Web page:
Turbo + DCT Replaced With NA & 6A
The Motor Trend 2017 Hyundai Tucson long term review made this observation:
There weren’t many complaints about the Tucson’s driving experience when traffic flows smoothly, but when you find yourself in stop-and-go traffic, things start to get awkward thanks to the tuning of the seven-speed twin-clutch automatic transmission. When combined with the sluggish throttle response, the gearbox was clunky in traffic because it tries to hold the highest gear it can get away with even in gridlock, causing it to feel like it’s going to stall. Heavy traffic is where you also notice the transmission getting confused and hunting through gears. All is not lost ,though, thanks to the 175-hp 1.6-liter turbo-four. It produces 195 lb-ft of torque at low revs, so the transmission rarely needs to downshift to get you some passing power. The engine itself is smooth and has plenty of pep for the average consumer.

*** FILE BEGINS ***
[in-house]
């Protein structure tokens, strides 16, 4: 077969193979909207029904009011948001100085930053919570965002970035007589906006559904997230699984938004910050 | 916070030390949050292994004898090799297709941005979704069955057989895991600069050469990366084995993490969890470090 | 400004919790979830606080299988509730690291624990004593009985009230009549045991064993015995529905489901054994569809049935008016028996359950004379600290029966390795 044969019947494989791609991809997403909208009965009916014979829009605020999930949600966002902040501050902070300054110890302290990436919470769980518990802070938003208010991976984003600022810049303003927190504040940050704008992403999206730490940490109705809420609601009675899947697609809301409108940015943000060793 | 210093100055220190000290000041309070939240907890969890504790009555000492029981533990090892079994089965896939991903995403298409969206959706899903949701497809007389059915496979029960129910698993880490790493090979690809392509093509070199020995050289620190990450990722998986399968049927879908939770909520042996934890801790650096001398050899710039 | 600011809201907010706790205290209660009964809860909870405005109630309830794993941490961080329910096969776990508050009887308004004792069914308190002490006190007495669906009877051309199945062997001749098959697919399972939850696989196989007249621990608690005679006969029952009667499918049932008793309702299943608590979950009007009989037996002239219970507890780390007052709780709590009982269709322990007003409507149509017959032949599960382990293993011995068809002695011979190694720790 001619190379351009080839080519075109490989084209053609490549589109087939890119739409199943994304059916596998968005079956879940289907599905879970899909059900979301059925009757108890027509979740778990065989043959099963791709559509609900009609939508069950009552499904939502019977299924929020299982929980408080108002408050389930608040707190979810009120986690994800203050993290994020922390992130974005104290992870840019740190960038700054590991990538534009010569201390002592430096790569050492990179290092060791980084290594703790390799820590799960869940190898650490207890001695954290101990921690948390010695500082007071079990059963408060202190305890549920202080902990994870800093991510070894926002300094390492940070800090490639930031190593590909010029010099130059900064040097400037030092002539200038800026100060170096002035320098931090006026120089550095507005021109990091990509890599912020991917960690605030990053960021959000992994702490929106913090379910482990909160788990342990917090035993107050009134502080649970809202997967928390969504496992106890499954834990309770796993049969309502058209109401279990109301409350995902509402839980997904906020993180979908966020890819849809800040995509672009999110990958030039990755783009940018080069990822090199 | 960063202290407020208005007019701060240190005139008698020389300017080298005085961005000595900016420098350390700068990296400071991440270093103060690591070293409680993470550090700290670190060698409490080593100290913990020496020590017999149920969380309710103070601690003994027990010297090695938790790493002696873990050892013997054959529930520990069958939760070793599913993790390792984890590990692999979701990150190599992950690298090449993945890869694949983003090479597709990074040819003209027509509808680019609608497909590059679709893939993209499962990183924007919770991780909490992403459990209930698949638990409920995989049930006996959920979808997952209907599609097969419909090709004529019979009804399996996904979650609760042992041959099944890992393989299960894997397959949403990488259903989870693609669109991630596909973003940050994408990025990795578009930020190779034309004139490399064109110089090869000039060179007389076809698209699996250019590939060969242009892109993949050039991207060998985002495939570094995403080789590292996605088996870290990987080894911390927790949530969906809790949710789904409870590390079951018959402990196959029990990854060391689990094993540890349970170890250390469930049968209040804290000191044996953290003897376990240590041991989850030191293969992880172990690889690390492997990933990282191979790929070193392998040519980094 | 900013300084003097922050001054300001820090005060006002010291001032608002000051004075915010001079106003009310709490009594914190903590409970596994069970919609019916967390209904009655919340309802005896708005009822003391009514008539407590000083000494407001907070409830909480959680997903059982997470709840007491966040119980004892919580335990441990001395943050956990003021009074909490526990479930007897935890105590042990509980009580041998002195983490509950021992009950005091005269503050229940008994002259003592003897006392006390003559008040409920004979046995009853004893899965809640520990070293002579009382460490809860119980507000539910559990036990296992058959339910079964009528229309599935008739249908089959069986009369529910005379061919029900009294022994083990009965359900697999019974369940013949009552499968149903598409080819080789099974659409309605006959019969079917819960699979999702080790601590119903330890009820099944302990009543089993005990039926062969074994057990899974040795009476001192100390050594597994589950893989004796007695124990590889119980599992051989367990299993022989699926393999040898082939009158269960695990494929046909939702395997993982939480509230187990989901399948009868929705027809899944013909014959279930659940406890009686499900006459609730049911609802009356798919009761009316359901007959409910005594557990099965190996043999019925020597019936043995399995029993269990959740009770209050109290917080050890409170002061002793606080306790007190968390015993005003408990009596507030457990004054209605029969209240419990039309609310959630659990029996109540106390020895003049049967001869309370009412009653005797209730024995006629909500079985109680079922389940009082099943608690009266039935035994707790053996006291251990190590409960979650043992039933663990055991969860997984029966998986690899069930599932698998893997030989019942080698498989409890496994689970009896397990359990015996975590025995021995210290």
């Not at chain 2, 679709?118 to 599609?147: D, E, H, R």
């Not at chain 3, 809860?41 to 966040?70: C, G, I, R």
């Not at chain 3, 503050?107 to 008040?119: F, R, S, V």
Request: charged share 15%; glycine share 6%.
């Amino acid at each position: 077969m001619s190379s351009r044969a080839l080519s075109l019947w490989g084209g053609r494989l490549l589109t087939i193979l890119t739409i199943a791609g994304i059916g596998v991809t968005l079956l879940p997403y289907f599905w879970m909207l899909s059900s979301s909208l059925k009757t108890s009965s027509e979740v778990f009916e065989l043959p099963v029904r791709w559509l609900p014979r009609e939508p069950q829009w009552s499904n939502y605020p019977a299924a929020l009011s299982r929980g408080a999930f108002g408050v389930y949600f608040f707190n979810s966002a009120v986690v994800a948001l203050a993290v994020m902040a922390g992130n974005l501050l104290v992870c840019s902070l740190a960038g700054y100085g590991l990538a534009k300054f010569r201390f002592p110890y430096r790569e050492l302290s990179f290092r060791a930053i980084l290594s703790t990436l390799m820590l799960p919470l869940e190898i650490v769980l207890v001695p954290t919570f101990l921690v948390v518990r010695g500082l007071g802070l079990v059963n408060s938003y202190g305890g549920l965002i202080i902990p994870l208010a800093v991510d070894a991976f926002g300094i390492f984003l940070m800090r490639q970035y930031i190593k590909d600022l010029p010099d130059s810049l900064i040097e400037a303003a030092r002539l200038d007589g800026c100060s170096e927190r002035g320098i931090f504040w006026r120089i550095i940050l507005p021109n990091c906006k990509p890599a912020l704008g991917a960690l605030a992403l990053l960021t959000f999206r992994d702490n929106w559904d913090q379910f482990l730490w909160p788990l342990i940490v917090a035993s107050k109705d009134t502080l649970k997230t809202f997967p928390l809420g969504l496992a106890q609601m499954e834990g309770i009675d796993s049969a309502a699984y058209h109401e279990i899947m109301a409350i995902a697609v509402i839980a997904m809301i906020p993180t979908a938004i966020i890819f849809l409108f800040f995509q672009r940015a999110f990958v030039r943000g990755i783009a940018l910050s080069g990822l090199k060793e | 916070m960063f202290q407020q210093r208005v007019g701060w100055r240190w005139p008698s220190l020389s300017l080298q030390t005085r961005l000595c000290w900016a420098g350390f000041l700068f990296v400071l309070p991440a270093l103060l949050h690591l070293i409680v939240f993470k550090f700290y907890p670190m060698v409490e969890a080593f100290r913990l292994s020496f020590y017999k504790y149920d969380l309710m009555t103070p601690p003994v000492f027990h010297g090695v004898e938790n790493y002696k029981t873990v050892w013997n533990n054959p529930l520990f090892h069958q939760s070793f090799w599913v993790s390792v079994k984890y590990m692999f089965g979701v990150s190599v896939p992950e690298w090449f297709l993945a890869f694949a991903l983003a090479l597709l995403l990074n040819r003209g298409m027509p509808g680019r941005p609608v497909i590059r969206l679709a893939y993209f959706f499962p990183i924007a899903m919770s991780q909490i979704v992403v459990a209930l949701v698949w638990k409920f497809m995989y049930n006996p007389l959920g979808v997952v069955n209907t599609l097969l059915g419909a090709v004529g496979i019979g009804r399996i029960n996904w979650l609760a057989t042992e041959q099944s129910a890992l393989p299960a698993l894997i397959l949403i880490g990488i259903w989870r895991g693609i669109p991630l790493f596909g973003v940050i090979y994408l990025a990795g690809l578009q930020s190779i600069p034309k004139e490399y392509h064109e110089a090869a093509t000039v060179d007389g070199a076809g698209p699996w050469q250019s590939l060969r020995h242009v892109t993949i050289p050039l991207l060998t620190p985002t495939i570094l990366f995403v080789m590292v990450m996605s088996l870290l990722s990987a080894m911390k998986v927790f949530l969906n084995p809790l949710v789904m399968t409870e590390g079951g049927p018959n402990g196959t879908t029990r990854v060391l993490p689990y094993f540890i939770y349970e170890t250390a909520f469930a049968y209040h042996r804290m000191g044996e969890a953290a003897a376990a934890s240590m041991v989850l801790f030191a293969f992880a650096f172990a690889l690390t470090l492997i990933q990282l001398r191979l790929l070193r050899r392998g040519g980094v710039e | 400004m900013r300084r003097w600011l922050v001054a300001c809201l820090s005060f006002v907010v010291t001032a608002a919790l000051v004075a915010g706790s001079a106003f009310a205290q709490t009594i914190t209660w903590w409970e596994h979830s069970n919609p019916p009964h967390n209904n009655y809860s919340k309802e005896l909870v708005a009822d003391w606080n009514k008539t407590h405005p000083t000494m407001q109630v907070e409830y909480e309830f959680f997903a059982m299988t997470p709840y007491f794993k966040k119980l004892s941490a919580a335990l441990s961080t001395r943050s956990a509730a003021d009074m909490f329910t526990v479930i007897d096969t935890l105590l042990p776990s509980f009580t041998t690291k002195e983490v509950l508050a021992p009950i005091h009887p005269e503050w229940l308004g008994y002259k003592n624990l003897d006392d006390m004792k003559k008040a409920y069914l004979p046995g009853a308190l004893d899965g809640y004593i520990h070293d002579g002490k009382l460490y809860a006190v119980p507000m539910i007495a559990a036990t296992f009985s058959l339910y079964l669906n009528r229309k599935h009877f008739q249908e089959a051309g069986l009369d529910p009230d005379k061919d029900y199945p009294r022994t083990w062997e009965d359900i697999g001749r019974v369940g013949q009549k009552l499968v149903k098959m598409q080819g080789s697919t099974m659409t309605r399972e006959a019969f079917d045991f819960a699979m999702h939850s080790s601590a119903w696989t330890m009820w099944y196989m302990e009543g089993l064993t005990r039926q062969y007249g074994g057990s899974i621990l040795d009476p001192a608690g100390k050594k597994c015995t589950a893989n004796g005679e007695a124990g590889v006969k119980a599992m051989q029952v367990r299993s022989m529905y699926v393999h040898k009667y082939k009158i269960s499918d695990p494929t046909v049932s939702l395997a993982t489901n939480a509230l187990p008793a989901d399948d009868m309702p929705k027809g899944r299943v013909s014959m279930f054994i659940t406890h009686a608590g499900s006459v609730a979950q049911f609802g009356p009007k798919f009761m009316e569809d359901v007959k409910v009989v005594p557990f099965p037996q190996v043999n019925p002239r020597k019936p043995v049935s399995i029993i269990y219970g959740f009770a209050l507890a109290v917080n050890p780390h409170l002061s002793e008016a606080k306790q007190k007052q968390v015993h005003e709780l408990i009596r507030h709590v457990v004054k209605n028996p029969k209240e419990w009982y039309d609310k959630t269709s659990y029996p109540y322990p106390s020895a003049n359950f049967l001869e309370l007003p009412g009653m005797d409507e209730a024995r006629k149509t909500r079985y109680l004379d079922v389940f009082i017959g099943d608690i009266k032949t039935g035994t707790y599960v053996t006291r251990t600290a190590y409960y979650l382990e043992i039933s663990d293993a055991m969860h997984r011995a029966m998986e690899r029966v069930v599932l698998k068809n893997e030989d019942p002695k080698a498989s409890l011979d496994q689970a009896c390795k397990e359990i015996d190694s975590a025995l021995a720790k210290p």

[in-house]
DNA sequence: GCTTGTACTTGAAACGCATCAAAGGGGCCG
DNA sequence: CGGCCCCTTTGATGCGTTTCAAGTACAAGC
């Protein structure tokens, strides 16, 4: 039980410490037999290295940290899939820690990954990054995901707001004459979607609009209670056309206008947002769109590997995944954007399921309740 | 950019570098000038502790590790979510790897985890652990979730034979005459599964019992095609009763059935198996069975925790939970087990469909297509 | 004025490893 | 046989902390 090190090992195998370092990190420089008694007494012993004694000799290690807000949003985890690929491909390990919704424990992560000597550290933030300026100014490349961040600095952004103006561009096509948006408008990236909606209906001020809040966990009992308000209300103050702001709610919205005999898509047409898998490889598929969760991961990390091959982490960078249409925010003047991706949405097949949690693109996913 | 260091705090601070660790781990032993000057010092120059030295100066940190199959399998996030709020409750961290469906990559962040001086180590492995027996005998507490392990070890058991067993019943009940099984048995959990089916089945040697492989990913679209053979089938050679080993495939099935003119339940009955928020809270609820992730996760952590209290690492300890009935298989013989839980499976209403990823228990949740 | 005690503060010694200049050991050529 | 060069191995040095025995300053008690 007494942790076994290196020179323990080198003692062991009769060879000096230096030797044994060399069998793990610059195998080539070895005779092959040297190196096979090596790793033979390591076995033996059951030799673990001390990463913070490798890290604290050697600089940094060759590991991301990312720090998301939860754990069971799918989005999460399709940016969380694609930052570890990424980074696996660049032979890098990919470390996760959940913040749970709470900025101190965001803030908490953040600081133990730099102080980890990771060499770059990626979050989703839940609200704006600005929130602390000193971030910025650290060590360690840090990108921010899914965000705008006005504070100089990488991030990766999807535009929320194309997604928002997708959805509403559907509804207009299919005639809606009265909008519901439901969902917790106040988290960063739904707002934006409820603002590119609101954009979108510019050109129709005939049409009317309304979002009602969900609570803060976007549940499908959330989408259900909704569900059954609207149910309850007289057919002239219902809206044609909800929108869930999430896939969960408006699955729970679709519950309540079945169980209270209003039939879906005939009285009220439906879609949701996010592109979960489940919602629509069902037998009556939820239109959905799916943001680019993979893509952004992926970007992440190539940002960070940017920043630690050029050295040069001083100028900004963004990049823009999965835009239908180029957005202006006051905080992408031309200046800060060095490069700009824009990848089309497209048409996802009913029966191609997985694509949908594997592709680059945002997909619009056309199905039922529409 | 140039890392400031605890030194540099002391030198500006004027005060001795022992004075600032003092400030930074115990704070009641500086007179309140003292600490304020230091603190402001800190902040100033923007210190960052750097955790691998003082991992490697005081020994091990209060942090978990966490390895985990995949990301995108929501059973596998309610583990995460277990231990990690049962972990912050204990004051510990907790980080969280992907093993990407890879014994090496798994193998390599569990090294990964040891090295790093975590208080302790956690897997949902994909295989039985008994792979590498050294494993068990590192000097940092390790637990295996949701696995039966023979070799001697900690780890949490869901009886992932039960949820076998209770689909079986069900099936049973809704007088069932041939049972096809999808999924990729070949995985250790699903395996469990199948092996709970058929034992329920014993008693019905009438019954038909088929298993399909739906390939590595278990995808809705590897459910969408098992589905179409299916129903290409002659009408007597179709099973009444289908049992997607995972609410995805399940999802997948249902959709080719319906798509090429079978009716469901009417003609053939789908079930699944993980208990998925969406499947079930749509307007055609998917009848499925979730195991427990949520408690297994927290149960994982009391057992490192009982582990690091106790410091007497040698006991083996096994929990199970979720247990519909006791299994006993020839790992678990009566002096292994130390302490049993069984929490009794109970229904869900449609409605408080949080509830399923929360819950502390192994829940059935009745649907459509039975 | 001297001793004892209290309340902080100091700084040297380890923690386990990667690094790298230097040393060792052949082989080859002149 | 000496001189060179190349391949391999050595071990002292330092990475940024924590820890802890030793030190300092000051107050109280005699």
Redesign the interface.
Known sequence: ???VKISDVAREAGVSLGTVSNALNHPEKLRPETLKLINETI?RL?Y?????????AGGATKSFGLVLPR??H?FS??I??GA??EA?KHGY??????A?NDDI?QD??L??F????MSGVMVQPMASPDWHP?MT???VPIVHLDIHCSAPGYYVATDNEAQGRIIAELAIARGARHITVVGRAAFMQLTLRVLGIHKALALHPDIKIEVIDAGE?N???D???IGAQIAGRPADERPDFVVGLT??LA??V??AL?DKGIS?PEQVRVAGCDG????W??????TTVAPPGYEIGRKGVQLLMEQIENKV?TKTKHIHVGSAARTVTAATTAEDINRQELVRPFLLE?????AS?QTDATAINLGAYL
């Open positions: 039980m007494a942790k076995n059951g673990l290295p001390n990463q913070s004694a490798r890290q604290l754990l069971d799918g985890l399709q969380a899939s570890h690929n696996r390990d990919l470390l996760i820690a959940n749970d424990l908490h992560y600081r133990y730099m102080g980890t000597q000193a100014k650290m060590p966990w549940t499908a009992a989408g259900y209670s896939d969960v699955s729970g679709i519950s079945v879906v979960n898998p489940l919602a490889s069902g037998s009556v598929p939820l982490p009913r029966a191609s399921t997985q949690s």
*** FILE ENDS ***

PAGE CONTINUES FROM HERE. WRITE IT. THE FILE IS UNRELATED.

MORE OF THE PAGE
Near the end of our loan period, Hyundai introduced the refreshed 2019 Tucson. In the update, the 1.6-liter turbocharged I-4 and seven-speed twin-clutch automatic have been replaced with a 181-hp 2.4-liter I-4 paired to a conventional six-speed automatic. The 2019 Tucson gets revisions inside and out; among the additions are full LED headlights, adaptive cruise control, and a 360-degree camera, features that were originally not available on this model. There are also two additional USB ports, so you don’t need to compromise passenger charging in favor of CarPlay usage.
During its time with us, the 2017 Hyundai Tucson proved to be reliable; we never had a major issue.
via GM Inside News Forum https://www.gminsidenews.com/forums/
July 14, 2018 at 04:44AM